Buck Rogers - The Dorian Secret

I could continue to give example after example of situations where we are quick to give or take offense. But the question really becomes, how do we fix the problem? As I was sitting in an auditorium Tuesday night waiting for my 14 year old’s percussion concert to start, my 12 year old (the one who started everything with the baby sacks comment) provided the answer. 

He turned to me and said, “My math teacher says it’s a get what we give world.” 

“What do you think that means?” I asked.

“If we’re kind, people will be kind to us and if we’re not, they won’t.”

“Who is one of the kindest people you know?” 

“Mindy,” he answered immediately. 

Mindy is our neighbor down the street who is often bringing us homemade jam and rolls, zucchini bread and sometimes dinner. And she always seems to know when I need a text or a hand-written card to lift my spirits. When someone is kind, thoughtful, and generous, you just want to be kind, thoughtful and generous back. Now I’m not saying you have to go out and make a whole bunch of homemade stuff. Frankly, I’m terrible at baking.

But ask yourself, what do you want to give to the world in your words and your actions and what do you hope to get back? This is a question I ask myself as a writer, as a wife, as a mother, and as a human being. If I want my children to give me respect, for example, I have to be an example of respect—give them respect. I know that I’m going to make mistakes, say and do stupid things. I’m not perfect. And I have to hope that people will give me the benefit of the doubt and forgive me. So I try to do the same for others.

And that’s the hard part today . . . giving others the benefit of the doubt instead of choosing to be offended. Perhaps they have a different way of thinking than our own, a lack of knowledge, are coming from an experience of pain, a different culture, or a different upbringing. We all go through life looking on the world through different lenses of experience. Frankly I think it’s a miracle we can agree on anything. My husband and I don’t share the same tastes in music, or movies, and he hates BYU. He still maintains that the biggest sacrifice he ever made was having to live in Utah County while I attended BYU. But we have other things in common despite his refusal to stop in Provo for bathroom breaks and my refusal to wear anything with a Utes logo.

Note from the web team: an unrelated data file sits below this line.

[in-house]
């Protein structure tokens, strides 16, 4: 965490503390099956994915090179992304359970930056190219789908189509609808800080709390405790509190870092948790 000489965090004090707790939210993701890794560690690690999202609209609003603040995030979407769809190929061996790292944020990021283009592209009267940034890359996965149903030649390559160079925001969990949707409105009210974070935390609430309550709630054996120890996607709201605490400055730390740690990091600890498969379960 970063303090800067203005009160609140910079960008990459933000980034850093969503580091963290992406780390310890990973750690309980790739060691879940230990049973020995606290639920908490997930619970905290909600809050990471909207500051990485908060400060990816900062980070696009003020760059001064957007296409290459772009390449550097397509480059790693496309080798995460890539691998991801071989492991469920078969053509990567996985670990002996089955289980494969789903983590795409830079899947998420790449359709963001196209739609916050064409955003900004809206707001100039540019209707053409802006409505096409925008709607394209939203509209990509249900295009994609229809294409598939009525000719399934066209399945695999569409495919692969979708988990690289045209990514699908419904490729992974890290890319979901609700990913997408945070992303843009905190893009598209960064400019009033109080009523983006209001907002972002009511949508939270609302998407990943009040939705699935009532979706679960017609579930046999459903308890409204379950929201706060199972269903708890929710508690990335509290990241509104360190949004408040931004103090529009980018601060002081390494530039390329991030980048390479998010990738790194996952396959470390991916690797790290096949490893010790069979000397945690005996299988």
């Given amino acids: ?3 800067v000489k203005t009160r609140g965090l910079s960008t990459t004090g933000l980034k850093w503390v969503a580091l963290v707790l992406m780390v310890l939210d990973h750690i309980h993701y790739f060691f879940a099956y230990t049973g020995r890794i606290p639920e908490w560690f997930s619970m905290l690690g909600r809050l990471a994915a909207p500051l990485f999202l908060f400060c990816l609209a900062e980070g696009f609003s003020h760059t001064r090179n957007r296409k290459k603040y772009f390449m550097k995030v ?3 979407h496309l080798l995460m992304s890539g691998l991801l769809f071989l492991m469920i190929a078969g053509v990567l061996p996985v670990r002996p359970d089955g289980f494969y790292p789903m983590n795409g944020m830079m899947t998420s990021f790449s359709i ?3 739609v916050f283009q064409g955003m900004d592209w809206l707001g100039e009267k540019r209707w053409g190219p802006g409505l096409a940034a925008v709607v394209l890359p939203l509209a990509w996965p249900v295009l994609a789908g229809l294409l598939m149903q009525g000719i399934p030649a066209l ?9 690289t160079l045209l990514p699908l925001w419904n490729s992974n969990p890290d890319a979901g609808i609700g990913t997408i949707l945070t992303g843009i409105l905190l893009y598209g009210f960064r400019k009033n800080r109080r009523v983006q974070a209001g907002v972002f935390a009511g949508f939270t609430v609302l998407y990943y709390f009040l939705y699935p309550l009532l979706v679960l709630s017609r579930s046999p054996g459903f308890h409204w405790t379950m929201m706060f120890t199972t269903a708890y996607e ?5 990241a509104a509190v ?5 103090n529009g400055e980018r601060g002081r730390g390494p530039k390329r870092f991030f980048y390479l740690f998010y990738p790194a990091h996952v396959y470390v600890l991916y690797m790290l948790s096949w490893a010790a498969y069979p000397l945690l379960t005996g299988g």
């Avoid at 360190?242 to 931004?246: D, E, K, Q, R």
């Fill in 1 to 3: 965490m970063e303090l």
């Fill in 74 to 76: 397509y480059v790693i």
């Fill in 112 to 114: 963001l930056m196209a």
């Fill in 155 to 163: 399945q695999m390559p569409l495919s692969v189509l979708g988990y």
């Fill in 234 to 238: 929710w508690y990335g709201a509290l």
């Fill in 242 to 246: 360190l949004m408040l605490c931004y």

Utes versus BYU

So rather than allow offense to divide us, let’s agree to disagree and find common ground. Let’s bridge the gap of misunderstanding and bring kindness and civility back, and eliminate the lashing out we’re seeing in public and especially on social media forums. Let’s give out more kindness, more respect to one another, give the benefit of the doubt and see what will come back to our society as a whole.